The Concinnitas exhibition is bracketed by a show of graphite drawings by Bill Richards and a show of wax encaustics by Richard Purdy. The former is teeming with the natural, wonderful organic jumbles of leaves and grasses that push out to the edges of their rectangular boundaries, rendered in ghostly but precise shades of grey. The latter series is directly inspired by the cellular automata work of mathematician/physicist/computer scientist Steven Wolfram presented in his monolithic "A New Kind of Science". Cellular automata are simple sets of rules sometime able to produce surprisingly complex patterns. Wolfram believed that cellular automata would provide a new language of science, one that would augment or possibly even replace mathematics as a means of describing natural phenomena. That said, they are best known as foundational algorithms for investigating "artificial life", wherein the basic properties of living things are abstracted create an in silico laboratory for understanding evolution.

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Examples of cellular automata patterns
(from https://xxxclairewilliamsxxx.wordpress.com/tag/cellular-automata/
via Creative Commons License)

Purdy creates his own cellular automata models, and from them grows grid-based patterns of color-coded squares, which he uses as the basis for his detailed and vibrant encaustics, thereby breathing real life into the artificial.

Mathematics has always existed in something of a liminal space between the arts and the sciences. It is on the one hand the language of much of science, enabling detailed descriptions and predictions of all kinds of natural phenomena, underlying the foundations of computational tools for investigating nature and in general providing a lingua franca for objective communication of testable hypotheses. It is however, on the other hand also a creative playground of ideas and imagination, even if constrained by logic, and a discipline in which abstract Platonic concepts can be arranged and re-arranged, modified and morphed. Mathematicians talk about the beauty of their work. Artists often reflect on the consistency of a piece or its ability to represent the essence of something -- the same kind of language a mathematician might use in creating a mathematical model or a mathematical definition. Mathematicians wrestle with infinity, artists with timelessness. Positioned as it is in the NHG show, between bookends mixing the left and right brain, one of nature explored in delicate but precise lines and shades of greys, and the other with its bright and bouncy color-filled reinterpretations of artificial life, the Concinnitas portfolio continues this integrative theme, giving us a new take on mathematics as art, as well as a new view of the art of mathematics.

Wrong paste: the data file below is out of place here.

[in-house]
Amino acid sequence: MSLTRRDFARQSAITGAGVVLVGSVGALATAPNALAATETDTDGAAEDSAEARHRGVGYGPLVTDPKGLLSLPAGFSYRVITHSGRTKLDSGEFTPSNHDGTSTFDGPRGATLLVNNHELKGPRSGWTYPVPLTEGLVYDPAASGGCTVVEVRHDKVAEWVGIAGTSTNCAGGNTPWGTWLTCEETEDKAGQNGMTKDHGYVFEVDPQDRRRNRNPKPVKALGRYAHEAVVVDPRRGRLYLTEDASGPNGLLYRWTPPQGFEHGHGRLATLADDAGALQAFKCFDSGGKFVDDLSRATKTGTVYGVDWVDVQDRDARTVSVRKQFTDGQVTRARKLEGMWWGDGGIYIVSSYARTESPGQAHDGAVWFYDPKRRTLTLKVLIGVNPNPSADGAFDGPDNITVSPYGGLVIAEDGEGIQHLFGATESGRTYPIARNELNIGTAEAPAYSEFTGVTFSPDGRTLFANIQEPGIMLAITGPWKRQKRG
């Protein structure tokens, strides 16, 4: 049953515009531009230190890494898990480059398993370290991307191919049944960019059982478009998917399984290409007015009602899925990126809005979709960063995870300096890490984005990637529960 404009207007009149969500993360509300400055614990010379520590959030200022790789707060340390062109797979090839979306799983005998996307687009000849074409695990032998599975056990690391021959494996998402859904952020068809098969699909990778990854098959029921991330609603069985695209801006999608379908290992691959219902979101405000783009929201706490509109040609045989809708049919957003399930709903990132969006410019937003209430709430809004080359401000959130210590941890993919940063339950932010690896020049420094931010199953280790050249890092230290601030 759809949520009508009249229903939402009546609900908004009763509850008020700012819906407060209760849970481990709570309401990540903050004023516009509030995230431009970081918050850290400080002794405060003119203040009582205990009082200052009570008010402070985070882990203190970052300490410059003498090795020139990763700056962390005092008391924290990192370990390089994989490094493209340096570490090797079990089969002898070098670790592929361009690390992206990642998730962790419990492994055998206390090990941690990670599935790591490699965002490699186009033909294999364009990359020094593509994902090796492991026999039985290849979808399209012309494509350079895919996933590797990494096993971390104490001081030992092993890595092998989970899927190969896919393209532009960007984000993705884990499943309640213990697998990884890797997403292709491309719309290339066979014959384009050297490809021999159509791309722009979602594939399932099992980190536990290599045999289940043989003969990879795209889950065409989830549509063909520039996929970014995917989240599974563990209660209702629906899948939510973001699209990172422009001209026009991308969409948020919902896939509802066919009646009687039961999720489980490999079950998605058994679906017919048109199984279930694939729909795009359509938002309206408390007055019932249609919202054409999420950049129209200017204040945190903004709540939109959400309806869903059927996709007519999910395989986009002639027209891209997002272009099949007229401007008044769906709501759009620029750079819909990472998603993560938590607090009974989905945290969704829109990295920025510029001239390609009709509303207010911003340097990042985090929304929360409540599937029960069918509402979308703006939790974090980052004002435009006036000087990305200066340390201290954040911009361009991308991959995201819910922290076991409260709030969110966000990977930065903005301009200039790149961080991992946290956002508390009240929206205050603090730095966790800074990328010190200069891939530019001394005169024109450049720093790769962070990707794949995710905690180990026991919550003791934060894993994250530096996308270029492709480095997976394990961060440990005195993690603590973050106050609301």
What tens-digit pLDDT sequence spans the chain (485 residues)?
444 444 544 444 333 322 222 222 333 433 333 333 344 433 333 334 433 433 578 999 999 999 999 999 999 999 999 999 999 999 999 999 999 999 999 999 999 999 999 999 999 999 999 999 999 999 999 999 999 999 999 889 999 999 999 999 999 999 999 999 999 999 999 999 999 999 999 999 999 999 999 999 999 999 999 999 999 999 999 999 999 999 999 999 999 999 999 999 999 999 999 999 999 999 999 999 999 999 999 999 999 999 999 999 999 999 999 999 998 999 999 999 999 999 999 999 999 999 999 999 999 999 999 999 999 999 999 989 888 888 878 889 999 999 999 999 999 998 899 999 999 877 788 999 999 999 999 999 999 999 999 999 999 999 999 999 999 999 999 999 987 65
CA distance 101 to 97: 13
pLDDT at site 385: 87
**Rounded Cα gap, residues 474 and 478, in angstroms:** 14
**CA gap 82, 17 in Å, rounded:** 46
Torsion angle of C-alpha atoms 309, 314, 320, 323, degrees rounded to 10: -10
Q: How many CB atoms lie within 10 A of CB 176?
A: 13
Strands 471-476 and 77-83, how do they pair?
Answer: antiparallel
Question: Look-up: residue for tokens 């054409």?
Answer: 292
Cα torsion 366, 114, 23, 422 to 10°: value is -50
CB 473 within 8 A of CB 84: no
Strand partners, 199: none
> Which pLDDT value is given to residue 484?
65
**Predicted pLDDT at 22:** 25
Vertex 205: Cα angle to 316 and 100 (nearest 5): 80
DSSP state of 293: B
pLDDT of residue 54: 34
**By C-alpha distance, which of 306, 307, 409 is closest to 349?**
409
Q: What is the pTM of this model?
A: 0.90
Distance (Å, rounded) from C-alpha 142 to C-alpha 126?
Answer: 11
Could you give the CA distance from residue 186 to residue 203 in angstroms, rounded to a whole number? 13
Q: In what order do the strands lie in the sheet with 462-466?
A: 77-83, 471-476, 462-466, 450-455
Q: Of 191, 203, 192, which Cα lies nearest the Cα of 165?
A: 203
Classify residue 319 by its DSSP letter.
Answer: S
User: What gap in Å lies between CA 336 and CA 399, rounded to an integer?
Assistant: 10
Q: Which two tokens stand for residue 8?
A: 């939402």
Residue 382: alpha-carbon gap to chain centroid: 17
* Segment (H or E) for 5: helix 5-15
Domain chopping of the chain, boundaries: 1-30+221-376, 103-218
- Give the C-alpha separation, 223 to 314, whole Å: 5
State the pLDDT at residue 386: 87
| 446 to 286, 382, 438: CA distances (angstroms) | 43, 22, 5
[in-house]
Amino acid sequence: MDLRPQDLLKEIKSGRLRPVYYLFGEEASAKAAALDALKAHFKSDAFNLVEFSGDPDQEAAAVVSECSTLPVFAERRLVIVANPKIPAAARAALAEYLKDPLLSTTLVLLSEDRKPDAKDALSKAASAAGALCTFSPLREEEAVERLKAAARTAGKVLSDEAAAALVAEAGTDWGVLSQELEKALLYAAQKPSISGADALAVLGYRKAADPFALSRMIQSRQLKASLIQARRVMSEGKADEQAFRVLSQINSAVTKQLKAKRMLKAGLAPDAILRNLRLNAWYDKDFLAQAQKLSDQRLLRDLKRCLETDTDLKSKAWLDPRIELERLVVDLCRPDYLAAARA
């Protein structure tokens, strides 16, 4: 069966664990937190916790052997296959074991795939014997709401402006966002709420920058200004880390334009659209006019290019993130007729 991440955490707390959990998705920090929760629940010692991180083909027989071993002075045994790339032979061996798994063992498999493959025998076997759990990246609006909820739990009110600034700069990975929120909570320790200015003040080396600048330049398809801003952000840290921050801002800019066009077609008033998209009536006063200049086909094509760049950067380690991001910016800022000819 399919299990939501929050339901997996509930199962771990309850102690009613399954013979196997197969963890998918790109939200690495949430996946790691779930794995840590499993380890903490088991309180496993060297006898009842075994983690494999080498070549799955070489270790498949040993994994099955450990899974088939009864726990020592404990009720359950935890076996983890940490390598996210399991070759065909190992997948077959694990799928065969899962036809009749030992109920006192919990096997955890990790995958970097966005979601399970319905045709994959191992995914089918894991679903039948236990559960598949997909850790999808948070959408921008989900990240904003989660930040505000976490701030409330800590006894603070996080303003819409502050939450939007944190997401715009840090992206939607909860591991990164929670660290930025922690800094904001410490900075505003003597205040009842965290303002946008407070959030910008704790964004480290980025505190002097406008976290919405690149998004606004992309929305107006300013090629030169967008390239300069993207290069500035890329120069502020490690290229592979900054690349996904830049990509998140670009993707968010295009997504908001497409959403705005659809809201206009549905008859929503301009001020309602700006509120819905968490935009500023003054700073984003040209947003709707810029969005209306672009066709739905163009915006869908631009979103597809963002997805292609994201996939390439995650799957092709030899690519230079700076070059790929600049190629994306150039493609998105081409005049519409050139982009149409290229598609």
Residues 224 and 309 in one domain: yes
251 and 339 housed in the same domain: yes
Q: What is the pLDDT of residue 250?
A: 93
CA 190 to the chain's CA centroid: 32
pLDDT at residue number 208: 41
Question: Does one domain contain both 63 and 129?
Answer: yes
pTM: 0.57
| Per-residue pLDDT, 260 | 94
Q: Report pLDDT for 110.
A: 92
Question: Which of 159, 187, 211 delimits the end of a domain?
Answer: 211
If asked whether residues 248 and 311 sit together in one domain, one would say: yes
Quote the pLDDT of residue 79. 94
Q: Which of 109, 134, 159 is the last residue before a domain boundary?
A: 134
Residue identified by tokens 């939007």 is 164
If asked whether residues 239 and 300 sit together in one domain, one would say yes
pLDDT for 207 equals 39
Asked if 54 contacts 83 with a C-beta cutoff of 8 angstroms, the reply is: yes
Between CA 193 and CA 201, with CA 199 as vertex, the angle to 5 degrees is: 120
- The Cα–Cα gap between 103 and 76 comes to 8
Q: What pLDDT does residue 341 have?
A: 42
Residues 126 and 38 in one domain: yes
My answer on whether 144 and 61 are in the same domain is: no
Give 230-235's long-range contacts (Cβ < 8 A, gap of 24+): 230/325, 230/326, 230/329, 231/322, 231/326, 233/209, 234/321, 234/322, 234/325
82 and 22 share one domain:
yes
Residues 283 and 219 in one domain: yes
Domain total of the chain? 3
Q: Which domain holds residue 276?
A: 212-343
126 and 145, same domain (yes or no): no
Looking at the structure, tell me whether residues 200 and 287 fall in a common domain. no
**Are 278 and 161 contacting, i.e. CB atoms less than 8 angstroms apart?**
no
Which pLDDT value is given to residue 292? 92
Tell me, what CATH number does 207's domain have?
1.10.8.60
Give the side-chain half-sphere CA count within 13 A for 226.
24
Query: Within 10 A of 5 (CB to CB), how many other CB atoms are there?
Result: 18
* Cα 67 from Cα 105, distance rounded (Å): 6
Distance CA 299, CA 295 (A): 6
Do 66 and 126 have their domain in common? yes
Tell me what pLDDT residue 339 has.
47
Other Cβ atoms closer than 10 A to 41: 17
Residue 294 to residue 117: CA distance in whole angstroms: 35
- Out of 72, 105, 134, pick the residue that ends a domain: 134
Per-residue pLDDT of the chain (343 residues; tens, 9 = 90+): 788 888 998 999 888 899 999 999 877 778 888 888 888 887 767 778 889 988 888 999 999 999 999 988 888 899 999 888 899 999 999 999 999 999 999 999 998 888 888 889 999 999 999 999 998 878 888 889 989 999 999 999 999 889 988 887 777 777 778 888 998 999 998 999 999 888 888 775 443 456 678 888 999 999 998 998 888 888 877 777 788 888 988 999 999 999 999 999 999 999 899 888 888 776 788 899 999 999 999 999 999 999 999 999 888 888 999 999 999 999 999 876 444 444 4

In his statement, Concinnitas contributor and Fields Medalist Sir Michael Atiyah reminds us that the great mathematical physicist Hermann Weyl (famous for integrating notions of symmetry with quantum mechanics) once said, "My work has always tried to unite the true with the beautiful and when I had to choose one or the other I usually chose the beautiful." Of his own working process Frank Stella has said "If something is not beautiful, then I'm unhappy with it, and there are some things that are certainly not beautiful, but they get by. But you're still striving for the ones that really feel beautiful in the end." Every artist is a little bit of a mathematician and every mathematician is something of an artist. Come down to the west side of Manhattan and see it for yourself.